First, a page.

Using quotation marks in the script

You can use quotation marks in script statements in a number of different ways.

Inside LOAD statements

In a LOAD statement the following symbols should be used as quotation marks:

  Description Symbol Code point Example

Field names

double quotation marks

" " 34 "string"
  square brackets [ ] 91, 93 [string]
  grave accents ` ` 96 `string`

String literals

single quotation marks

' '

39 'string'

In SELECT statements

For a SELECT statement interpreted by the ODBC driver, it may be slightly different. Usually, you should use the straight double quotation marks (Alt + 0034) for field and table names, and the straight single quotation marks (Alt + 0039) for literals, and avoid using grave accents. However, some ODBC drivers not only accept grave accents as quotation marks, but also prefer them. In such a case, the generated SELECT statements contain grave accent quotation marks.

Microsoft Access quotation marks example

Microsoft Access ODBC Driver 3.4 (included in Microsoft Access 7.0) accepts the following quotation marks when analyzing the SELECT statement:

Field names and table names:

[ ]

" " ` `

String literals:

' '

Other databases may have different conventions.

Outside LOAD statements

Outside a LOAD statement, in places where QlikView expects an expression, double quotation marks denote a variable reference and not a field reference. If you use double quotation marks, the enclosed string will be interpreted as a variable and the value of the variable will be used.

Out-of-context field references and table references

Some script functions refer to fields that have already been created, or are in the output of a LOAD statement, for example Exists() and Peek(). These field references are called out-of-context field references, as opposed to source field references that refer to fields that are in context, that is, in the input table of the LOAD statement.

Out-of-context field references and table references should be regarded as literals and therefore need single quotation marks.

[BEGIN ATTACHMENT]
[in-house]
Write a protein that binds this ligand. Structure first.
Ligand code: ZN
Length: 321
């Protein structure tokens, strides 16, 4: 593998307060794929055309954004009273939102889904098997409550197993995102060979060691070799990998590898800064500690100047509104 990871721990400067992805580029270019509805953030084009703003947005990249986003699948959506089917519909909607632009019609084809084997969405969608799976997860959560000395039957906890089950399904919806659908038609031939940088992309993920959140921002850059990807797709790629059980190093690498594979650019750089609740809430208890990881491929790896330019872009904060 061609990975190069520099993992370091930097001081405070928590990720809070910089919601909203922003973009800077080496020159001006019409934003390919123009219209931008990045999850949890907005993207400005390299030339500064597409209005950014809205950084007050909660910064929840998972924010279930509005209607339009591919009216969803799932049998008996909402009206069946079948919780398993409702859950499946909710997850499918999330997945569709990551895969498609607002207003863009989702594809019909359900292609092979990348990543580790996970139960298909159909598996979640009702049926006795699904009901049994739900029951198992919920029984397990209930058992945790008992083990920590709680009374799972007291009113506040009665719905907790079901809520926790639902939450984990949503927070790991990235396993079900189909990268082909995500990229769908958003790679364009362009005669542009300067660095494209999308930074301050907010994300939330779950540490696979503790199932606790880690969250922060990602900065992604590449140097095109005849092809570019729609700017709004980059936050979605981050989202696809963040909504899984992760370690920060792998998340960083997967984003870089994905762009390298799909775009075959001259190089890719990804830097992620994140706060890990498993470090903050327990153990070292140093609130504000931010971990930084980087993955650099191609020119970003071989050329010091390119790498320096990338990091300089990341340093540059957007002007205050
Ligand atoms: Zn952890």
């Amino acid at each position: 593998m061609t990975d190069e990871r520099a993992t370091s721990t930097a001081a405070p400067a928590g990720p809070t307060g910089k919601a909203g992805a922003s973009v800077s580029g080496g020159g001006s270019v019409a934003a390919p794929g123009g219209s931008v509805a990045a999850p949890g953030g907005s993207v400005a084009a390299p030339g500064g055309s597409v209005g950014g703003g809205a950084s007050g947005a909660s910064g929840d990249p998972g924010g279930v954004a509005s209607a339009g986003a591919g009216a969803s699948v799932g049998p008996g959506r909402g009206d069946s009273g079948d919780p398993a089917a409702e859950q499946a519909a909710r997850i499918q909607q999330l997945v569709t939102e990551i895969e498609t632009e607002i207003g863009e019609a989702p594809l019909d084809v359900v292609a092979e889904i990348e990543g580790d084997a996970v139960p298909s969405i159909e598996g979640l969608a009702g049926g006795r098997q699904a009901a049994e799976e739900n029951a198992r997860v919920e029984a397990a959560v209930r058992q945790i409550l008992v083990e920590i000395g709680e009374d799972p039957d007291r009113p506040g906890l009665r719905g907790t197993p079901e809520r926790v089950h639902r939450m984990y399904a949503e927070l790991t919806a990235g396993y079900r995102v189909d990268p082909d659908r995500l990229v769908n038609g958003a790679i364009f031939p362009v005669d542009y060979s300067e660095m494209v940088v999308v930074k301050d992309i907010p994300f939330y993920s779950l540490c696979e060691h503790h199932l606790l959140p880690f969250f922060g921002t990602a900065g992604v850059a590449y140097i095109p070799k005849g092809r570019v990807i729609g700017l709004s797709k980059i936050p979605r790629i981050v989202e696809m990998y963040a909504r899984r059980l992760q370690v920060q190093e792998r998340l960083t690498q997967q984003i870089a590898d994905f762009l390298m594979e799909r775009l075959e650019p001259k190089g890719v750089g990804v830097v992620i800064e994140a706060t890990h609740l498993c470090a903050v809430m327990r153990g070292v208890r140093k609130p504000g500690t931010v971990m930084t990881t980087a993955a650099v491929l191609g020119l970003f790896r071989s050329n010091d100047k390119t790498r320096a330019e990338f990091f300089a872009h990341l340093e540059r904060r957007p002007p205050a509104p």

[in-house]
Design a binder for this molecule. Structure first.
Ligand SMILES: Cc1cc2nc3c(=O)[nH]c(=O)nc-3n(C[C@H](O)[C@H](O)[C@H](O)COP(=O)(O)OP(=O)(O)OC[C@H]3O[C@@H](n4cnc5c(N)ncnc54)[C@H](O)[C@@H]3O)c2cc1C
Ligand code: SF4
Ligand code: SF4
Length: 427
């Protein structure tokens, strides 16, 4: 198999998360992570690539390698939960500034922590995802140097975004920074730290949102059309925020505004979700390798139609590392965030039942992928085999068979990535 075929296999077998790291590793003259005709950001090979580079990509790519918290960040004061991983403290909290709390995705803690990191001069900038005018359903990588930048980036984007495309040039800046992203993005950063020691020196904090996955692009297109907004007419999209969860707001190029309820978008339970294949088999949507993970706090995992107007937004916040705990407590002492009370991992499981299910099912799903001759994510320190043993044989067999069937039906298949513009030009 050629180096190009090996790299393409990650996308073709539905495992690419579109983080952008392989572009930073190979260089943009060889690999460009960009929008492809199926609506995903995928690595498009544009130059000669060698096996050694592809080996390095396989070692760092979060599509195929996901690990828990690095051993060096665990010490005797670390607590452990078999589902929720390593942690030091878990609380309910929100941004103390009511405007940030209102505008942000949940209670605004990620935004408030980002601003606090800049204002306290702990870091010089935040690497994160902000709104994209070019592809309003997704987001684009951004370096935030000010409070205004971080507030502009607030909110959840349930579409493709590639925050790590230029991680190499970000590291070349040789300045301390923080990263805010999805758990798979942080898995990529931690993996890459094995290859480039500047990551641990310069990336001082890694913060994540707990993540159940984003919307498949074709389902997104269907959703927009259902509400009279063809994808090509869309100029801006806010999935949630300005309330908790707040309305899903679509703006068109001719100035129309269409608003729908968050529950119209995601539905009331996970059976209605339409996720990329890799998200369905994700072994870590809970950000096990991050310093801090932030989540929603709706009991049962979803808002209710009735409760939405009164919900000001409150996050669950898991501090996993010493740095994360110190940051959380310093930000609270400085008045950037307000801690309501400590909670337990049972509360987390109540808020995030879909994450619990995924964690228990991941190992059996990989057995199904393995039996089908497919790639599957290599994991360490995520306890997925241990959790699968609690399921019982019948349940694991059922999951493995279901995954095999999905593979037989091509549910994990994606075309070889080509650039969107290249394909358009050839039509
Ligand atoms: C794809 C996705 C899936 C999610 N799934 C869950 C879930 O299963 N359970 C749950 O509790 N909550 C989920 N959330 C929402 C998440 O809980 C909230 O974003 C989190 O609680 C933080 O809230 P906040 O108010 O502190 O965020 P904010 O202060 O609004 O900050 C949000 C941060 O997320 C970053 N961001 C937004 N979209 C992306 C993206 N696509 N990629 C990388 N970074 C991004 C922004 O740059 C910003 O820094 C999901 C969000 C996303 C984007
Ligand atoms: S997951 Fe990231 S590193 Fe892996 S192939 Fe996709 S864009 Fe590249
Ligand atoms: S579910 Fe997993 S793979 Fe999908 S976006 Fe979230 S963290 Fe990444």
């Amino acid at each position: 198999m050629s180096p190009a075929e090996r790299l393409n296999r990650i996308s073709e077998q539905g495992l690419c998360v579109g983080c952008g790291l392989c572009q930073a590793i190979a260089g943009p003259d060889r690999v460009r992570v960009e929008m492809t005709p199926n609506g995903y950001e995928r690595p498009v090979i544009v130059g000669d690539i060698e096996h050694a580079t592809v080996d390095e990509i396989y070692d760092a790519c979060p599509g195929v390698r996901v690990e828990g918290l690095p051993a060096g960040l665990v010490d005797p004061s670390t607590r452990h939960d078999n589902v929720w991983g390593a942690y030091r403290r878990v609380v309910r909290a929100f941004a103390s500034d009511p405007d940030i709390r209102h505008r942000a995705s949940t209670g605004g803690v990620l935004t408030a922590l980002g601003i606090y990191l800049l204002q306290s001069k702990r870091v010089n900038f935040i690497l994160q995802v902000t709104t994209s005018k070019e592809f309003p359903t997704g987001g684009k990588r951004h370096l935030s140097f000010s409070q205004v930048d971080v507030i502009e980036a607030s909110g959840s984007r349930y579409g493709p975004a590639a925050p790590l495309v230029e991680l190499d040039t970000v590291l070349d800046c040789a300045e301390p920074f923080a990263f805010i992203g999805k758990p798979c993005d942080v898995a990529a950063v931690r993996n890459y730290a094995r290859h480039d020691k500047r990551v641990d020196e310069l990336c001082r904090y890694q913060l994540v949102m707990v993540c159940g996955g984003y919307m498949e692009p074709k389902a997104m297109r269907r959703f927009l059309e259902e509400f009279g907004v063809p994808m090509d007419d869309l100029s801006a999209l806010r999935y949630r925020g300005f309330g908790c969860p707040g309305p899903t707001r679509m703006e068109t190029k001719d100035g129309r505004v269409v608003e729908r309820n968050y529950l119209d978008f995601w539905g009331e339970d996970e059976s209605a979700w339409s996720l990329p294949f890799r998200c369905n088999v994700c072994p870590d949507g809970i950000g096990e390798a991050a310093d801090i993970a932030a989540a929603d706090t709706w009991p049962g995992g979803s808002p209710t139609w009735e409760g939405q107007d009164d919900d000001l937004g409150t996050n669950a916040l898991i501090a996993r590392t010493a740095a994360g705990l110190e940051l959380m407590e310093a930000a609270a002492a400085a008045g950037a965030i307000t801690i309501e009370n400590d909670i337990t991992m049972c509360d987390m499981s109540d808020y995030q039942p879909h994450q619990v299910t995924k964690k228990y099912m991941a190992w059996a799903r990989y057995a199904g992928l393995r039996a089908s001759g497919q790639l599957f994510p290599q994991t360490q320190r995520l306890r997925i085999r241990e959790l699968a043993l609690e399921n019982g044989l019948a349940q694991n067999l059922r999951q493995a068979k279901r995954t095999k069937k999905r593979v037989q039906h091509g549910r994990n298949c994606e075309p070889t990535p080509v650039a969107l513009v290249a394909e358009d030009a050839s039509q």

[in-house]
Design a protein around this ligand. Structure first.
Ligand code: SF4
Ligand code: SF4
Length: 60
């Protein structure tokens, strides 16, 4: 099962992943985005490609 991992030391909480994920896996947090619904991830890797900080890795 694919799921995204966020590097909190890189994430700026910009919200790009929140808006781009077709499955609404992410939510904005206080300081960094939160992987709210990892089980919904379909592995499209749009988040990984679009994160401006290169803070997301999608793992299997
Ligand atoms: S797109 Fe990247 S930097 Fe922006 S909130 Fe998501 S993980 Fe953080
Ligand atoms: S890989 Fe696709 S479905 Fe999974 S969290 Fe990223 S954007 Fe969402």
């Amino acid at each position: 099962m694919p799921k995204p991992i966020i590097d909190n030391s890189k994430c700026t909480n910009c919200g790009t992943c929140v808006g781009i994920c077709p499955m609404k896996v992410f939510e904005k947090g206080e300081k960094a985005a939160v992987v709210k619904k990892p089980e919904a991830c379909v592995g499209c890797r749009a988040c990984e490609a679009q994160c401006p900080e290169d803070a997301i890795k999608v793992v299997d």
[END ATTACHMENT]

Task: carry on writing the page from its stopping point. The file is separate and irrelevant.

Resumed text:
Difference between names and literals

The difference between names and literals becomes clearer comparing the following examples:

Example:  

'Sweden' as Country

When this expression is used as a part of the field list in a LOAD or SELECT statement, the text string "Sweden" will be loaded as field value into the QlikView field "Country".

Example:  

"land" as Country

When this expression is used as a part of the field list in a LOAD or SELECT statement, the content of the database field or table column named "land" will be loaded as field values into the QlikView field "Country". This means. that land will be treated as a field reference.

Difference between numbers and string literals

The difference between numbers and string literals becomes clearer comparing the following examples.

Example:  

'12/31/96'

When this string is used as a part of an expression, it will in a first step be interpreted as the text string "12/31/96", which in turn may be interpreted as a date if the date format is ‘MM/DD/YY’. In that case it will be stored as a dual value with both a numeric and a textual representation.

Example:  

12/31/96

When this string is used as a part of an expression, it will be interpreted numerically as 12 divided by 31 divided by 96.

Using single quote characters in a string

If you need to include single quote characters in a string, you can use an extra single quote as an escape character.

Example:  

The string '10 O''clock News' will be interpreted as 10 O'clock News.

Did this information help you?

Thanks for letting us know. Is there anything you'd like to tell us about this topic?

Can you tell us why it did not help you and how we can improve it?